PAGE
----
The public and private sectors will have to work together to ensure that, even as businesses are given the tools to survive Covid-19, workers will likewise be guaranteed decent work, social protections, and the opportunity to upgrade their skills to adapt to a more digitized world.
In many developing economies, internet infrastructure is lacking. This means fewer businesses, especially smaller ones, have access to technology that could help them compete with bigger companies that have large war chests and international reach.
Furthermore, many of the benefits afforded to businesses by digital technologies may come at a steep price for workers.
As long as the virus still rages, most employees will need to stay home. This will encourage firms to increase their reliance on automation to the point of no return. When tasks are automated and the need for human interaction declines, so will demand for certain jobs. If this continues after lockdowns are lifted, furloughed workers may emerge from home quarantine to find that they have fewer options.
Women in particular will be disproportionately affected by this, as they are often tapped to perform customer-facing services. Women who have jobs that allow them to work from home will still be at a disadvantage compared to male counterparts, as household responsibilities and childcare will disproportionately fall on them. This will stifle their productivity and may encourage firms to lean further towards automating jobs that employ a high proportion of women.
The Covid-19 pandemic has shown the world that digital technology is key to keeping economies running during a health crisis. Proactive support for digitalization is necessary. But as employers weigh a multitude of factors in making the critical decision to automate, policymakers need to address the impact of these decisions on the jobs, incomes, and welfare of workers.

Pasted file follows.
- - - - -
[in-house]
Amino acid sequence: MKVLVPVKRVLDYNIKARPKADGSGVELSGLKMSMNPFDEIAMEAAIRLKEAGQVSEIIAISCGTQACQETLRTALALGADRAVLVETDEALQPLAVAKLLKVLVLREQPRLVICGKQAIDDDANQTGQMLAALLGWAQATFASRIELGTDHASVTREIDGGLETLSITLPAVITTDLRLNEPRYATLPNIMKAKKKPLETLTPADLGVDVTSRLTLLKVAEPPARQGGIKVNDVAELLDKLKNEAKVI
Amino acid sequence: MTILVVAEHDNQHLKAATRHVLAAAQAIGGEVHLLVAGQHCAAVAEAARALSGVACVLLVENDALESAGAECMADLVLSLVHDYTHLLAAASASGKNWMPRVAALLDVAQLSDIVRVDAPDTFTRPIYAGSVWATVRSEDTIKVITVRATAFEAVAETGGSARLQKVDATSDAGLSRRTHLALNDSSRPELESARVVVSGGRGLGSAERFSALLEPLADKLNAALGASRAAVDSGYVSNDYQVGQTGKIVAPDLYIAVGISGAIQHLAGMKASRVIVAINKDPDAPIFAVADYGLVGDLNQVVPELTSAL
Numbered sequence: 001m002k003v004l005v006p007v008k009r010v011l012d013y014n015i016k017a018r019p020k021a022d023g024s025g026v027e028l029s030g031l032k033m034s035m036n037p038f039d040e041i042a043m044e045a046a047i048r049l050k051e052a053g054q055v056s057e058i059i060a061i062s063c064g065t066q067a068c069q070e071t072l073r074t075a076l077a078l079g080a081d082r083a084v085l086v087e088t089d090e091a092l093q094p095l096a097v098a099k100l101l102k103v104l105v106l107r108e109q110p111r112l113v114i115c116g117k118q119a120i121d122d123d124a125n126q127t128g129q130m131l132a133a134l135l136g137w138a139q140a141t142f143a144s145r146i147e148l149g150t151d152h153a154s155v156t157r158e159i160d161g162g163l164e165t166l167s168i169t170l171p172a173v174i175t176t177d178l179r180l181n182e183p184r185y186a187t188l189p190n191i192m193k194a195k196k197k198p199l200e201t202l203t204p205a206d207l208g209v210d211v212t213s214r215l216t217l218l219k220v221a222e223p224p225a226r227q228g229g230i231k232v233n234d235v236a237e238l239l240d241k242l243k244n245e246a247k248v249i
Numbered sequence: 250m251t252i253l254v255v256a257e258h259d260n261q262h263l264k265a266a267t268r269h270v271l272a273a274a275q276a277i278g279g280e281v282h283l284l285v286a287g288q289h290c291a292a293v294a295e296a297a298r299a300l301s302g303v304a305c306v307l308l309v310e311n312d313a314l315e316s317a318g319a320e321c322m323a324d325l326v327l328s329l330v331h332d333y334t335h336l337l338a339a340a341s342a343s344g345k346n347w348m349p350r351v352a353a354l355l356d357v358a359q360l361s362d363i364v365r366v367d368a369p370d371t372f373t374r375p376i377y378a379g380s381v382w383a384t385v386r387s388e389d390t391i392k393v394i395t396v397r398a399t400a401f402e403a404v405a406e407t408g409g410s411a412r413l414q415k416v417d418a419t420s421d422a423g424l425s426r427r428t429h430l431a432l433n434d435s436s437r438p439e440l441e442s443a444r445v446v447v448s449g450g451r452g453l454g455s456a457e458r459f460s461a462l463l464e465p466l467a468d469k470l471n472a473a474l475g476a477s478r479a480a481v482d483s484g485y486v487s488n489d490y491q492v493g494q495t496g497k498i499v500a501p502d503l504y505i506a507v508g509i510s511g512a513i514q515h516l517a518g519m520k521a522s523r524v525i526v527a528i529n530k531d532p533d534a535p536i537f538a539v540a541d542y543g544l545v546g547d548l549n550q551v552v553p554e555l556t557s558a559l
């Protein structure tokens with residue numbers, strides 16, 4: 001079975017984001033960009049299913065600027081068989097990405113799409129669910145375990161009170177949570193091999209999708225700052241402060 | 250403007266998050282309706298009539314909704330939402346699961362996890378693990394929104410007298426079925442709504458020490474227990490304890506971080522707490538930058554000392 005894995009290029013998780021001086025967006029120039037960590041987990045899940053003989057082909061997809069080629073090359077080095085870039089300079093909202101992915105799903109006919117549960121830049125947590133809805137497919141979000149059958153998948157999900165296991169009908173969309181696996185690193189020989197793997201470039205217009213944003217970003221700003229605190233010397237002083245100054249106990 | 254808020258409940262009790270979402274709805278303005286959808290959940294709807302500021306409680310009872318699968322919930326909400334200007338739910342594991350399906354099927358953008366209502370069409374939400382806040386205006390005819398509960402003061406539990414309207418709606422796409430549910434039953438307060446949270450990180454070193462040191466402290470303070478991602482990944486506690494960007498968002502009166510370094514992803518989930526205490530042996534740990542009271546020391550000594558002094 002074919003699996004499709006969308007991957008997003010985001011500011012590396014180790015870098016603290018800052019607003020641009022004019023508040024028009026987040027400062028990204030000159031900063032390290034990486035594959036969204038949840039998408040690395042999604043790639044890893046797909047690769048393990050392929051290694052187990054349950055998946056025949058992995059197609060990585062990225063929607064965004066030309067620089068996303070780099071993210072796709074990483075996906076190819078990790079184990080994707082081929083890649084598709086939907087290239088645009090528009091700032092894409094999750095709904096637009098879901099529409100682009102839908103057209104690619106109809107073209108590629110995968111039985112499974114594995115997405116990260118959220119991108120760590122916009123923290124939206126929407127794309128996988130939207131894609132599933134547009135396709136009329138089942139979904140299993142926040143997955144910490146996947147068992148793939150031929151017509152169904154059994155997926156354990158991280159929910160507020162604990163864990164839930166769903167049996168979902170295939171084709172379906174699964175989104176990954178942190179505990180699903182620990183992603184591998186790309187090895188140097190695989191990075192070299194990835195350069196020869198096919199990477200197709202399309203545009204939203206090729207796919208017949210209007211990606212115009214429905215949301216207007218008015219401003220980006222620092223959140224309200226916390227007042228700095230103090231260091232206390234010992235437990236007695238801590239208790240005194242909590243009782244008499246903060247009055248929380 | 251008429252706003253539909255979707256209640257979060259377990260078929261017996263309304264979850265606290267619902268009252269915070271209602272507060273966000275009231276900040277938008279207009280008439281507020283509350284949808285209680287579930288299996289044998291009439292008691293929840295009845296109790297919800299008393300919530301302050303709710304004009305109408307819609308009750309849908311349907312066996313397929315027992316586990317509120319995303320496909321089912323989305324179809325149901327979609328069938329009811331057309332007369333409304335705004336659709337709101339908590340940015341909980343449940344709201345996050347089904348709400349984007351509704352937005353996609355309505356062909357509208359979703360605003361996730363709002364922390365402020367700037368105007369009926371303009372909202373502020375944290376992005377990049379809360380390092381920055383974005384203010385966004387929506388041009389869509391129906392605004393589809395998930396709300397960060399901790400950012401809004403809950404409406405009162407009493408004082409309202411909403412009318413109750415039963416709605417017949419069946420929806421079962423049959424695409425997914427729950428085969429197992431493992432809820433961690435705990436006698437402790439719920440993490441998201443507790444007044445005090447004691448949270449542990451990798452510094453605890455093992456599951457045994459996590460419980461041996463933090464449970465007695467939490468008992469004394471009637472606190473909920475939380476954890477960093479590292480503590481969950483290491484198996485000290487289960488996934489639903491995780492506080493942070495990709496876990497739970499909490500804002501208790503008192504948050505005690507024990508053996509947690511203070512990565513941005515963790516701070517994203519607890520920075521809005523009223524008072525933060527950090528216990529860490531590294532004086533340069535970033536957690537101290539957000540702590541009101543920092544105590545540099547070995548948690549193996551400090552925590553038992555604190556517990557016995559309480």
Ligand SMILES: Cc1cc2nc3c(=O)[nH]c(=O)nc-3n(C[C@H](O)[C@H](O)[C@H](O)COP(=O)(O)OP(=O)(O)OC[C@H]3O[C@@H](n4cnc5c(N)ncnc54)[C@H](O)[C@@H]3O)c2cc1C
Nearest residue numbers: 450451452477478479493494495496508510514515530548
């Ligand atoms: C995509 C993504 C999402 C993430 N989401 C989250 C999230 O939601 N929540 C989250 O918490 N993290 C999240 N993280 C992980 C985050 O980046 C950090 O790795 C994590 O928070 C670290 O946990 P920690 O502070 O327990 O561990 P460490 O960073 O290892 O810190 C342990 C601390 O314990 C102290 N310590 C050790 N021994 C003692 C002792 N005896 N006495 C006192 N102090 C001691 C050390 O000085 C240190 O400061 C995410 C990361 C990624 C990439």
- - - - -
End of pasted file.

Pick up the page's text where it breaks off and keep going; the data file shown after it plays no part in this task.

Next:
The public and private sectors will have to work together to ensure that, even as businesses are given the tools to survive Covid-19, workers will likewise be guaranteed decent work, social protections, and the opportunity to upgrade their skills to adapt to a more digitized world. Digitalization, ultimately, should not be about technology, but about improving people’s lives and livelihoods.
In support of a broader dialogue on Covid-19 response and recovery, The Asia Foundation is partnering with APEC to improve understanding of the impact of technology on jobs and small businesses in the Asia-Pacific.
It will not be easy to strike a balance between encouraging businesses to go digital and managing the possible effects on jobs in the midst of a global health crisis. Regional cooperation has a role to play in providing a forum for policymakers to share information and coordinate policy. By pooling experience and know-how from across APEC economies, an admittedly dire situation can surely be overcome.
This article is part of The Future of Work, a special series from InAsia focusing on jobs, digitalization, and automation in Asia. This online conversation includes insights and research from policymakers, corporations, and Asia Foundation experts on issues shaping the livelihoods of millions of workers across the region.
Emmanuel A. San Andres and Andre Wirjo are analysts in the APEC Policy Support Unit. They can be reached at firstname.lastname@example.org and email@example.com, respectively. The views and opinions expressed here are those of the authors, not those of The Asia Foundation.